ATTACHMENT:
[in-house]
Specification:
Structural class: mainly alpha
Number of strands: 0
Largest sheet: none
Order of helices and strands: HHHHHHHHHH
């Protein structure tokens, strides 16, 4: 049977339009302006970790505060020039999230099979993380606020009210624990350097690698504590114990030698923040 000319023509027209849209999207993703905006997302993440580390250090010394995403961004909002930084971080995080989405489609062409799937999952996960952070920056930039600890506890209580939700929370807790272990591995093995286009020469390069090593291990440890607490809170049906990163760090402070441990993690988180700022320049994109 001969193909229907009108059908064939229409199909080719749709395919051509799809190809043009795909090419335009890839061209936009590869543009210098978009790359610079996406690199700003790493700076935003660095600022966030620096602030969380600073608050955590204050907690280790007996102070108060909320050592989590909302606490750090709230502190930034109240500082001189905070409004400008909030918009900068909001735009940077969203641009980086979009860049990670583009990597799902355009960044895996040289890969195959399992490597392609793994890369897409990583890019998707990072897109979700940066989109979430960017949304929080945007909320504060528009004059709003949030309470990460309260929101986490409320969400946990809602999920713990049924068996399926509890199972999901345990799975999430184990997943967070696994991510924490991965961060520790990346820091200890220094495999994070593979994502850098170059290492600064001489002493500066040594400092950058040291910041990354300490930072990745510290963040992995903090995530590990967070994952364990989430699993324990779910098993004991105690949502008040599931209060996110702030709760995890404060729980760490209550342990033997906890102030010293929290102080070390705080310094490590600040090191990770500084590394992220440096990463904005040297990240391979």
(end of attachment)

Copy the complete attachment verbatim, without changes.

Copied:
[in-house]
Specification:
Structural class: mainly alpha
Number of strands: 0
Largest sheet: none
Order of helices and strands: HHHHHHHHHH
């Protein structure tokens, strides 16, 4: 049977339009302006970790505060020039999230099979993380606020009210624990350097690698504590114990030698923040 000319023509027209849209999207993703905006997302993440580390250090010394995403961004909002930084971080995080989405489609062409799937999952996960952070920056930039600890506890209580939700929370807790272990591995093995286009020469390069090593291990440890607490809170049906990163760090402070441990993690988180700022320049994109 001969193909229907009108059908064939229409199909080719749709395919051509799809190809043009795909090419335009890839061209936009590869543009210098978009790359610079996406690199700003790493700076935003660095600022966030620096602030969380600073608050955590204050907690280790007996102070108060909320050592989590909302606490750090709230502190930034109240500082001189905070409004400008909030918009900068909001735009940077969203641009980086979009860049990670583009990597799902355009960044895996040289890969195959399992490597392609793994890369897409990583890019998707990072897109979700940066989109979430960017949304929080945007909320504060528009004059709003949030309470990460309260929101986490409320969400946990809602999920713990049924068996399926509890199972999901345990799975999430184990997943967070696994991510924490991965961060520790990346820091200890220094495999994070593979994502850098170059290492600064001489002493500066040594400092950058040291910041990354300490930072990745510290963040992995903090995530590990967070994952364990989430699993324990779910098993004991105690949502008040599931209060996110702030709760995890404060729980760490209550342990033997906890102030010293929290102080070390705080310094490590600040090191990770500084590394992220440096990463904005040297990240391979």